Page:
Australian Skin Clinics has found a new use for its medical scrubs and supplies – sending them to Africa to help save the lives of women giving birth.
Working with the not-for-profit organisation Australian Doctors for Africa (ADFA), Australian Skin Clinics is sending the supplies to help prevent the deaths of “the one 100 women in Madagascar who currently die during childbirth due to to the lack of adequate medical standards and equipment”.
Australian Skin Clinics managing director Deb Farnworth-Wood said she didn’t hesitate to donate supplies that her clinics use every day when she learnt that those same products could save a woman’s life.
“It’s hard to imagine when we have ample supplies of medical scrubs at our clinics, that there are women out there that don’t survive child birth due to the lack of such essential equipment,” she said.
“At Australian Skin Clinics, we put enormous emphasis on the importance of cleanliness and hygiene, so it seemed only right that we continue that philosophy and practice beyond the clinics themselves and help as many women as possible to enjoy safe and appropriate medical treatment.
“We hope our contribution will allow these women to feel self-respect and dignity when giving birth.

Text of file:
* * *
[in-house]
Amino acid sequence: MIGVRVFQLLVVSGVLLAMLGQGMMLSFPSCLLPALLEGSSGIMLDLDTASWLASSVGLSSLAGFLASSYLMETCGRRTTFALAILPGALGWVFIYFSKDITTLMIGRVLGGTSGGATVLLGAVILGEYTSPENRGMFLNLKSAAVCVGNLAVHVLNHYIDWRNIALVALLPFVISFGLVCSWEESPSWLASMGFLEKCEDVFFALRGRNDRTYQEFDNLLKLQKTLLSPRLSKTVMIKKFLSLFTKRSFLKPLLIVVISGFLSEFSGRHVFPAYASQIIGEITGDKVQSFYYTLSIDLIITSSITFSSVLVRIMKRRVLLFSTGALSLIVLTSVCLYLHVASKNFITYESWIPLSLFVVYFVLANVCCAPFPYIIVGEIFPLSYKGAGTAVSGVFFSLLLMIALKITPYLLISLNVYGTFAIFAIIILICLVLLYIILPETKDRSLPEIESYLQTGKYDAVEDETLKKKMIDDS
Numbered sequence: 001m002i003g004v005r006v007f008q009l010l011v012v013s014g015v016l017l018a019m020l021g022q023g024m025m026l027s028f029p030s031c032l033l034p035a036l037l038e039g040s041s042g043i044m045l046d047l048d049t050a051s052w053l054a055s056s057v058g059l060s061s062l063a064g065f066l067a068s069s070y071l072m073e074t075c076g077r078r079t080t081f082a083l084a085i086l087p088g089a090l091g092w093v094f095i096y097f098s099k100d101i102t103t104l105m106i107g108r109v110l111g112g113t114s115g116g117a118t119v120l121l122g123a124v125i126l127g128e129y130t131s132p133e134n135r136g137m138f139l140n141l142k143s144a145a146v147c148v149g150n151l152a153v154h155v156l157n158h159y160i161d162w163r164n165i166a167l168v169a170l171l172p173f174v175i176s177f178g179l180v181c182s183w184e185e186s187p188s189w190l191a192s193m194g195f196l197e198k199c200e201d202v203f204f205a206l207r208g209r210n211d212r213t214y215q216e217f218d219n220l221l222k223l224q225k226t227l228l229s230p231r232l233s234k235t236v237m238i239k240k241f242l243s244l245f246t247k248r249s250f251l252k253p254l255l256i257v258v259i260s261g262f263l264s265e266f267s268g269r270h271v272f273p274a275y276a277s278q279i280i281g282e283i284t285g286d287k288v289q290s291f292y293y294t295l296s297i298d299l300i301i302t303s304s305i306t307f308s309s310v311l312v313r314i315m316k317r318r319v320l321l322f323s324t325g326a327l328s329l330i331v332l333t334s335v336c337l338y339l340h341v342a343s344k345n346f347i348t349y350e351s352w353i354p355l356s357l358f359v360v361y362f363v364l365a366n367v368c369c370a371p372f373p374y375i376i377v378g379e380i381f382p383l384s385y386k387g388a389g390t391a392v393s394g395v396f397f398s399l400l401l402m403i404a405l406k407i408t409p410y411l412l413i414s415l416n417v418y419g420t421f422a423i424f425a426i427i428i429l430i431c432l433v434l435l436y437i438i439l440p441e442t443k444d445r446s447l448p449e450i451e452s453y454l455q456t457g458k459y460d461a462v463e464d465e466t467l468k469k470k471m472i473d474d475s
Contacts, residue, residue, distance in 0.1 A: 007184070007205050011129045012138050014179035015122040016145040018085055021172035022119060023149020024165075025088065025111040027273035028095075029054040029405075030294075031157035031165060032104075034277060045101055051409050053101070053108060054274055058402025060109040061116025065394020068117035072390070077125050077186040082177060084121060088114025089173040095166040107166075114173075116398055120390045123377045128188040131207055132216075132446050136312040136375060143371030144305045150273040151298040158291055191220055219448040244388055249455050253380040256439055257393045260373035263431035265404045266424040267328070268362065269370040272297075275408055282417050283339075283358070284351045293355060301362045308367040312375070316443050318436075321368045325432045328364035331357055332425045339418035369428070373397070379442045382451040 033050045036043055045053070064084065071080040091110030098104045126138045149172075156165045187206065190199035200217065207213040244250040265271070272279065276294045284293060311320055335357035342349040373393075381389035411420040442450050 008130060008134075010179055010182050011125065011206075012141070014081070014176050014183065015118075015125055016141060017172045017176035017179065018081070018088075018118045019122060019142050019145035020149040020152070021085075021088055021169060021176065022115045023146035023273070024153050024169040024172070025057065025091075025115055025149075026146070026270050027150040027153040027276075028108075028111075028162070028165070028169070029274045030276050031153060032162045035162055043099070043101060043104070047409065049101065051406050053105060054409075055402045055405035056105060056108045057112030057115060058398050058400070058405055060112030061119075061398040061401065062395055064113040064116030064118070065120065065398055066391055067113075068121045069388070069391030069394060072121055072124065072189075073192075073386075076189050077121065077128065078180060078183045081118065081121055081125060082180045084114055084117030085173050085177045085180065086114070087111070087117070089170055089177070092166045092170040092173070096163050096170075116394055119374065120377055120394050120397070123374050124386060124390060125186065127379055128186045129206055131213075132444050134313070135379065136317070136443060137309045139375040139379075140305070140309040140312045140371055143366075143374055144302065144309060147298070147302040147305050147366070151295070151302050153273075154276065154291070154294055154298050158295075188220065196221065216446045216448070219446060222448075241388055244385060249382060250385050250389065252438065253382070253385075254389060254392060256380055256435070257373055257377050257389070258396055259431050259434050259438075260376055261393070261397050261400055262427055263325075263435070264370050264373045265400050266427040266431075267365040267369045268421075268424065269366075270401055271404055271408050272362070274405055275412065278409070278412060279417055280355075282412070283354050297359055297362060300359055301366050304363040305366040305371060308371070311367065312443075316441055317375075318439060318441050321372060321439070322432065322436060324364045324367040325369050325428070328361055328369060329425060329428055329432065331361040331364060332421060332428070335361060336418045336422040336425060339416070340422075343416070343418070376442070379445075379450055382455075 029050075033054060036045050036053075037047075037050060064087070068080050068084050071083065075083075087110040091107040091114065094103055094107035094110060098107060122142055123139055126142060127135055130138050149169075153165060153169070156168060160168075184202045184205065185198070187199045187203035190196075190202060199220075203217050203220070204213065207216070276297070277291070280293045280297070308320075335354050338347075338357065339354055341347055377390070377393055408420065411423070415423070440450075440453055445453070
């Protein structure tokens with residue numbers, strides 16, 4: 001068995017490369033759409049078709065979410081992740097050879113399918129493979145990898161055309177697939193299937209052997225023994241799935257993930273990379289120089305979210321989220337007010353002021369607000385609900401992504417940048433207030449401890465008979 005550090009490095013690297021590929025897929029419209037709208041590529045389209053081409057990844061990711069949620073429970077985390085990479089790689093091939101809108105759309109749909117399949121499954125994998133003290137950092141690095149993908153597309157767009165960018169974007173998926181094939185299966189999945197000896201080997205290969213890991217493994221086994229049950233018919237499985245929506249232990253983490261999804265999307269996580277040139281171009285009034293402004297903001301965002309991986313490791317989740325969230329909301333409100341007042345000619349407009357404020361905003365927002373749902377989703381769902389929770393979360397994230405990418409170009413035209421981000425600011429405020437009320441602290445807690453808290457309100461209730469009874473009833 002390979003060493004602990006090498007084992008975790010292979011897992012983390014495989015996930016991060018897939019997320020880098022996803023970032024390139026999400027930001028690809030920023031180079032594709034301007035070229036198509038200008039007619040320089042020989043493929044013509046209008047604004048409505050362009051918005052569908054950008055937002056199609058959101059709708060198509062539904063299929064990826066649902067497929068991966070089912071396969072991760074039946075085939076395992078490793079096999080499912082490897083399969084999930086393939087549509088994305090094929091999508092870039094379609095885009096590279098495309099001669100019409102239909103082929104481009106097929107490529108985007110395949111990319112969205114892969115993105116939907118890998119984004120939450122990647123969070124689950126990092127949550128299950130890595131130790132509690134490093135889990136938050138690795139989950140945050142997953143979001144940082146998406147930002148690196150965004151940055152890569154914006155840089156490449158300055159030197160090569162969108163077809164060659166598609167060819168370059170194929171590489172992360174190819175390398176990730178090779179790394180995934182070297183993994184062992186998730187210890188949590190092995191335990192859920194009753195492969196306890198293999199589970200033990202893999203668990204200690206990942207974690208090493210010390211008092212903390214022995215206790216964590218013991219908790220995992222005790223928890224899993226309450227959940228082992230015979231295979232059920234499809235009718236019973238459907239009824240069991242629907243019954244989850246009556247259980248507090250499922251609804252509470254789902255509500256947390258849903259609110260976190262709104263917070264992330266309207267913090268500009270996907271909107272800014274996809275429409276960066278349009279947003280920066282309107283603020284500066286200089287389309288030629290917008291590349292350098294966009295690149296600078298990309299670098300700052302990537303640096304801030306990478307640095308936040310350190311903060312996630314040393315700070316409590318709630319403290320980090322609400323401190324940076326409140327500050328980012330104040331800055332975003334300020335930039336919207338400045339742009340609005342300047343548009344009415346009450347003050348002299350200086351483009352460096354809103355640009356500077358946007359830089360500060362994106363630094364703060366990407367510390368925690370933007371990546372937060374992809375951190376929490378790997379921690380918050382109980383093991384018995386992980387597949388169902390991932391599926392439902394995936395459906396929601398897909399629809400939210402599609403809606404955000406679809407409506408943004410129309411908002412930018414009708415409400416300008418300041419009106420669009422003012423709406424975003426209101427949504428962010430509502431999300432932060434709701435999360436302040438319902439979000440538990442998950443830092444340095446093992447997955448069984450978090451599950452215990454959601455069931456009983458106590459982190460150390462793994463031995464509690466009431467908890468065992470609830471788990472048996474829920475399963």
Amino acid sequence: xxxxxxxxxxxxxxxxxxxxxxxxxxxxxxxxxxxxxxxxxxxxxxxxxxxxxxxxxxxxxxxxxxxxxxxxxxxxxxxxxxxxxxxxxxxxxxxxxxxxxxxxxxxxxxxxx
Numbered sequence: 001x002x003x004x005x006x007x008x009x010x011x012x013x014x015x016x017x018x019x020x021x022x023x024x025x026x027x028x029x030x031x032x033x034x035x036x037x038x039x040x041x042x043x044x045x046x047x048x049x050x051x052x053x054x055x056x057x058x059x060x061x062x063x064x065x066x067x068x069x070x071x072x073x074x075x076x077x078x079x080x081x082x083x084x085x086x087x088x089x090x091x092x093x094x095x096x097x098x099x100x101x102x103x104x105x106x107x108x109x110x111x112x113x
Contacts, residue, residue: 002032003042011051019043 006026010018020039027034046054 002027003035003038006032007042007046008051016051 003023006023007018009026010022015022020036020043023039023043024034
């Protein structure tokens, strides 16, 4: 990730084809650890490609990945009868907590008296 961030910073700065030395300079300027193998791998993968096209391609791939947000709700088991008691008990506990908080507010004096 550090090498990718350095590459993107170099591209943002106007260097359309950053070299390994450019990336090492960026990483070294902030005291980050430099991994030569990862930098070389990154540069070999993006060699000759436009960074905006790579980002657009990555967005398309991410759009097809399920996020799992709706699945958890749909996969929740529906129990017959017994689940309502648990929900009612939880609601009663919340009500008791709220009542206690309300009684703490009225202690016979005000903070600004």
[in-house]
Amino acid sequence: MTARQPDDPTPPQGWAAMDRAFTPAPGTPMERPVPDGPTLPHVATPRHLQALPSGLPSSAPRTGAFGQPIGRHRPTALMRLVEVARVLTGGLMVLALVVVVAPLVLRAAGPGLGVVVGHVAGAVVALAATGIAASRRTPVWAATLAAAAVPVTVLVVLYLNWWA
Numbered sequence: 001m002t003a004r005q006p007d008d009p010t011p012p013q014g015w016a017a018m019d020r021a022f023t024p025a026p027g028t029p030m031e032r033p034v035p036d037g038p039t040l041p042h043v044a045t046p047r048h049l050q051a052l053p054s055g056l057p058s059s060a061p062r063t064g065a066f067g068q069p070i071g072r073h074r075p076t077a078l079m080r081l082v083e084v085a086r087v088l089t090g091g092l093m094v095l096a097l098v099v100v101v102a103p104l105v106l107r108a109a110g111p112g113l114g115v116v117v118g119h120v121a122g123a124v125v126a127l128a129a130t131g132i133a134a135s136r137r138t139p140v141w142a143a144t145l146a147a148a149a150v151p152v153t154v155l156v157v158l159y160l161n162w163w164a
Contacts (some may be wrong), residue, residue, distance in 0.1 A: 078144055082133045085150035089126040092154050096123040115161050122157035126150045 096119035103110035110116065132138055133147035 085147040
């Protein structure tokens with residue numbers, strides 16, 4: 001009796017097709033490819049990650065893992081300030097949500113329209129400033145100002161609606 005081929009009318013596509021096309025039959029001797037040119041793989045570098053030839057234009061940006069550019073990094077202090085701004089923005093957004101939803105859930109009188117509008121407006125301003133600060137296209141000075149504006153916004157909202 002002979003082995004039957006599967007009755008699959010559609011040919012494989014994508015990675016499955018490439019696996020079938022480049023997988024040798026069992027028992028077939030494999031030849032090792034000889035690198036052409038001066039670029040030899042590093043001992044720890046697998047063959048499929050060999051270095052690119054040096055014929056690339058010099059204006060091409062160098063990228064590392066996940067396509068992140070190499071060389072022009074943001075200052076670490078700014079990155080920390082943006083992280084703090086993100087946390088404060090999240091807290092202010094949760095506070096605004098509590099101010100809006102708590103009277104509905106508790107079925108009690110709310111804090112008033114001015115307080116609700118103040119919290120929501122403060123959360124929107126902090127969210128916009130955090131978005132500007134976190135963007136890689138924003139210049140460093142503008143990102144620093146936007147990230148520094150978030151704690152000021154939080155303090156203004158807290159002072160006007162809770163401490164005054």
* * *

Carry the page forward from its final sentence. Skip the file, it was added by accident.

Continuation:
Deb also wants other Australian beauty and medi-aesthetics industry to donate as well.
“We are calling on anyone in the medi-aesthetic, beauty or medical space to share what they can spare – scrubs, sterile equipment and basic medical supplies will go a long way in helping to prevent complications during childbirth.”
Scrub and medical supplier Medeleq has already pledged its support, but Deb said they still need many more companies to come on board.
According to ADFA, lack of sterile garments is one of the key issues that lead to problems after childbirth.
“While basic healthcare is provided for free, the patients themselves must pay for supplies such as bed sheets, dressings and food.
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